Dasumia crassipalpis (Simon, 1882)

Kunt, Kadir Bogac, Oezkuetuek, Recep Sulhi & Elverici, Mert, 2011, A survey of East Mediterranean Dasumia (Araneae, Dysderidae) with description of new species, ZooKeys 137, pp. 89-101: 94-95

publication ID

http://dx.doi.org/10.3897/zookeys.137.1783

publication LSID

lsid:zoobank.org:pub:FFC99CA2-3A91-49D6-BA4B-510E24541650

persistent identifier

http://treatment.plazi.org/id/C637137D-6C33-6A3C-FDD3-FC8C9FE953AA

treatment provided by

ZooKeys by Pensoft

scientific name

Dasumia crassipalpis (Simon, 1882)
status

 

Dasumia crassipalpis (Simon, 1882) 

Harpactes crassipalpis  : Simon, 1882: 224, f. 7-8 (D ♂).

Harpactocrates crassipalpis  : Reimoser, 1919: 11.

Dasumia crassipalpis  : Alicata, 1974: 40, f. 1-4 (T ♂ from Harpactocrates  , D ♀).

Material examined.

1 ♂ (AUZM), ISRAEL, Mount Meron, 17.XII.2010, leg. C. Drees

Detailed comparison of Dasumia gasparoi  sp. n. and Dasumia crassipalpis  .

Unfortunately, due to lack of material, we were unable to compare females of the two species. Here we comment on general similarities and differences observed from comparison of male specimens from both species; and from the description of female Dasumia crassipalpis  given by Alicata (1974) with the female of Dasumia gasparoi  sp. n., as follows:

Body coloration and general appearance similar in both species.

Arrangement of cheliceral teeth on cheliceral groove similar, but in Dasumia crassipalpis  , distance between teeth on promargin and retromargin relatively wider.

In the original description of Dasumia crassipalpis  , carapace width for males was given as 3.2 mm (see Simon 1882, page 224). Our Dasumia crassipalpis  specimen from Israel has a carapace width of 3.26 mm. Based on the body measurements of Dasumia gasparoi  sp. n., there are no significant differences between the two species. However, the legs of Dasumia crassipalpis  from Israel are relatively shorter than Dasumia gasparoi  sp. n. (see Table 3).

Leg spination similar in both species. Legs III and IV of female Dasumia gasparoi  sp. n. and leg IV of male Dasumia crassipalpis  exhibit trochanteric retrolateral spines, which is an interesting observation (see Table 2 and 4).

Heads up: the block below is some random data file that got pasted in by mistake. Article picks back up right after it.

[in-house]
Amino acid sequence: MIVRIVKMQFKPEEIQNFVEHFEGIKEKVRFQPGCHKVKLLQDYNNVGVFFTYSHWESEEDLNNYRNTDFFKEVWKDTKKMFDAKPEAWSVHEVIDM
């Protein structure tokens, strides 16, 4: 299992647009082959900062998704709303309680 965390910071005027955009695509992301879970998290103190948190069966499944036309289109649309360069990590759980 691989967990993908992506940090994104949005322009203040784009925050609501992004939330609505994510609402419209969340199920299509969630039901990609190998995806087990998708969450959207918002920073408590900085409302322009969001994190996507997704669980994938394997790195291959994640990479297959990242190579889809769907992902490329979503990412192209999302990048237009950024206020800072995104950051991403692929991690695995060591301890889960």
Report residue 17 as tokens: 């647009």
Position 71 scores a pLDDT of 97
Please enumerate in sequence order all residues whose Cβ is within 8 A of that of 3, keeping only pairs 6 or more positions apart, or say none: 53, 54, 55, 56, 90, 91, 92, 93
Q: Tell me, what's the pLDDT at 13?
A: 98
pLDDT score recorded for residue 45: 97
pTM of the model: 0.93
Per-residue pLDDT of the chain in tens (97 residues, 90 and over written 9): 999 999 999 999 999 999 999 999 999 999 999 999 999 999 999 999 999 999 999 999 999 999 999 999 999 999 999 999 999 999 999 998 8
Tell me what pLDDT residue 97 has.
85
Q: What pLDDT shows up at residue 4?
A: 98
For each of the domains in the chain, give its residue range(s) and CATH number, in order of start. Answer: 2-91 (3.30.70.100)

Linear postpedicelar and trapezoid epigastric scutum present in males of both species, in Dasumia gasparoi  sp. n. pale; in Dasumia crassipalpis  even paler.

In Dasumia crassipalpis  , morphology of the distal appendages distinctive on male palp. Apophysisb longer and wider. Also, in Dasumia gasparoi  sp. n., Apophysisa1 shorter and projecting downwards; while in Dasumia crassipalpis  it is well developed, apparent and projected upwards. In Dasumia crassipalpis  palp when viewed ventrally, except for Apophysisa1, the remaining apophyses are located at the right corner of Apophysisa, close to Apophysisa1 (Figs 21, 22, 23).

Even though there are structural differences apparent, the vulvae of both species are similar and generally well sclerotized (see Alicata 1974).

A short assessment on the distribution of

Dasumia crassipalpis  .First described as Harpactes crassipalpis  by Simon (1882) on the basis of male specimens collected from Syria, females were subsequently described by Alicata (1974); and based on the previously unknown female genitalia, the species was transferred to the genus Dasumia  . Simon reported the terra typica of Dasumia crassipalpis  as "Syria", without giving any further detail (see Simon 1882). Moreover, Syria was the land of the Ottoman Empire in those days, and some provinces today known as Turkish were included with the rest of the region then known as Syria. For this reason, it is hard to draw a northern border line for the distribution of the species. However, considering that the only male specimen examined for the purpose of this study was collected in Israel, it may be assumed that Dasumia crassipalpis  is distributed along the line of Syria, Lebanon and Israel. Although we have not yet collected this species during our extensive arachnological field studies at the Turkey-Syria border, it is possible that this species reaches Turkey at the north and Jordan at the south of its range.

Kingdom

Animalia

Phylum

Arthropoda

Class

Arachnida

Order

Araneae

Family

Dysderidae

Genus

Dasumia